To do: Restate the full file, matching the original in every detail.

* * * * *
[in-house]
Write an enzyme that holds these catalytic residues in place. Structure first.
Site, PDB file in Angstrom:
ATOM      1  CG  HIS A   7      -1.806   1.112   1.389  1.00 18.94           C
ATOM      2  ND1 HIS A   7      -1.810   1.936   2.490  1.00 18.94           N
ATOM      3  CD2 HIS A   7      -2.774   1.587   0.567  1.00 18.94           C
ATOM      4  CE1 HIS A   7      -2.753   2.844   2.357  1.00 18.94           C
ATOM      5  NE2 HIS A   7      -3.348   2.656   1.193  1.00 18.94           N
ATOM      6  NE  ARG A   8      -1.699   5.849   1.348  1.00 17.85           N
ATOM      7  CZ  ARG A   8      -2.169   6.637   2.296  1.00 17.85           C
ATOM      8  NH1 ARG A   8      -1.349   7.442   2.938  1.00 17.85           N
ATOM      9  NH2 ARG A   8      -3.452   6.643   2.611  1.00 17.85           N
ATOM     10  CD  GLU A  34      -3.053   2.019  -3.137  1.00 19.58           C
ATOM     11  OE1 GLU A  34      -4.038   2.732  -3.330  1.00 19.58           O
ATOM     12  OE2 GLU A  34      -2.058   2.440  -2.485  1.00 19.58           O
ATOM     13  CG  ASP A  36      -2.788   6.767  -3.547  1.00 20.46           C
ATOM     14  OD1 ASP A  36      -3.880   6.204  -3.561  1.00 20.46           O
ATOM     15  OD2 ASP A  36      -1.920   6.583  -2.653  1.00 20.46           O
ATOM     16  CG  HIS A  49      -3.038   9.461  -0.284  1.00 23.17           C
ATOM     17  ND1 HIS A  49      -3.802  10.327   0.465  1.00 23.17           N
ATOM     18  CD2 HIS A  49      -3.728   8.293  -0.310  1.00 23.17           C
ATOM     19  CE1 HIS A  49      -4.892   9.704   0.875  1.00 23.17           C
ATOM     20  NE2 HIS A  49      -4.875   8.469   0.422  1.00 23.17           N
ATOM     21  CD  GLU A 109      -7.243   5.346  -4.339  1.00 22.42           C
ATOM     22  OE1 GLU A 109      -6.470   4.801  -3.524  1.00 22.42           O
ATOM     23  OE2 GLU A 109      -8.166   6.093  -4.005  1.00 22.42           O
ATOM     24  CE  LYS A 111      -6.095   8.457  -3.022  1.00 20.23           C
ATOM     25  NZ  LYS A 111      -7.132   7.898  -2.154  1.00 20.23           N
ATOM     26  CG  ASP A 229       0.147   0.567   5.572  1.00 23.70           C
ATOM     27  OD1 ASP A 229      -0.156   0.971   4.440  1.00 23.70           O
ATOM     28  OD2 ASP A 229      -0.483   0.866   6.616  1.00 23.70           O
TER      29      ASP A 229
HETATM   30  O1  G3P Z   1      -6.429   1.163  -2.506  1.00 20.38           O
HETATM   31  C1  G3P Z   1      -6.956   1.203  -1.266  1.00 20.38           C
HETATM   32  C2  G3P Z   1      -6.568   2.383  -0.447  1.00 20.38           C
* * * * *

[in-house]
Write an enzyme that holds these catalytic residues in place. Structure first.
Site, PDB file in Angstrom:
ATOM      1  CG  HIS A   7      -1.806   1.112   1.389  1.00 18.94           C
ATOM      2  ND1 HIS A   7      -1.810   1.936   2.490  1.00 18.94           N
ATOM      3  CD2 HIS A   7      -2.774   1.587   0.567  1.00 18.94           C
ATOM      4  CE1 HIS A   7      -2.753   2.844   2.357  1.00 18.94           C
ATOM      5  NE2 HIS A   7      -3.348   2.656   1.193  1.00 18.94           N
ATOM      6  NE  ARG A   8      -1.699   5.849   1.348  1.00 17.85           N
ATOM      7  CZ  ARG A   8      -2.169   6.637   2.296  1.00 17.85           C
ATOM      8  NH1 ARG A   8      -1.349   7.442   2.938  1.00 17.85           N
ATOM      9  NH2 ARG A   8      -3.452   6.643   2.611  1.00 17.85           N
ATOM     10  CD  GLU A  34      -3.053   2.019  -3.137  1.00 19.58           C
ATOM     11  OE1 GLU A  34      -4.038   2.732  -3.330  1.00 19.58           O
ATOM     12  OE2 GLU A  34      -2.058   2.440  -2.485  1.00 19.58           O
ATOM     13  CG  ASP A  36      -2.788   6.767  -3.547  1.00 20.46           C
ATOM     14  OD1 ASP A  36      -3.880   6.204  -3.561  1.00 20.46           O
ATOM     15  OD2 ASP A  36      -1.920   6.583  -2.653  1.00 20.46           O
ATOM     16  CG  HIS A  49      -3.038   9.461  -0.284  1.00 23.17           C
ATOM     17  ND1 HIS A  49      -3.802  10.327   0.465  1.00 23.17           N
ATOM     18  CD2 HIS A  49      -3.728   8.293  -0.310  1.00 23.17           C
ATOM     19  CE1 HIS A  49      -4.892   9.704   0.875  1.00 23.17           C
ATOM     20  NE2 HIS A  49      -4.875   8.469   0.422  1.00 23.17           N
ATOM     21  CD  GLU A 109      -7.243   5.346  -4.339  1.00 22.42           C
ATOM     22  OE1 GLU A 109      -6.470   4.801  -3.524  1.00 22.42           O
ATOM     23  OE2 GLU A 109      -8.166   6.093  -4.005  1.00 22.42           O
ATOM     24  CE  LYS A 111      -6.095   8.457  -3.022  1.00 20.23           C
ATOM     25  NZ  LYS A 111      -7.132   7.898  -2.154  1.00 20.23           N
ATOM     26  CG  ASP A 229       0.147   0.567   5.572  1.00 23.70           C
ATOM     27  OD1 ASP A 229      -0.156   0.971   4.440  1.00 23.70           O
ATOM     28  OD2 ASP A 229      -0.483   0.866   6.616  1.00 23.70           O
TER      29      ASP A 229
HETATM   30  O1  G3P Z   1      -6.429   1.163  -2.506  1.00 20.38           O
HETATM   31  C1  G3P Z   1      -6.956   1.203  -1.266  1.00 20.38           C
HETATM   32  C2  G3P Z   1      -6.568   2.383  -0.447  1.00 20.38           C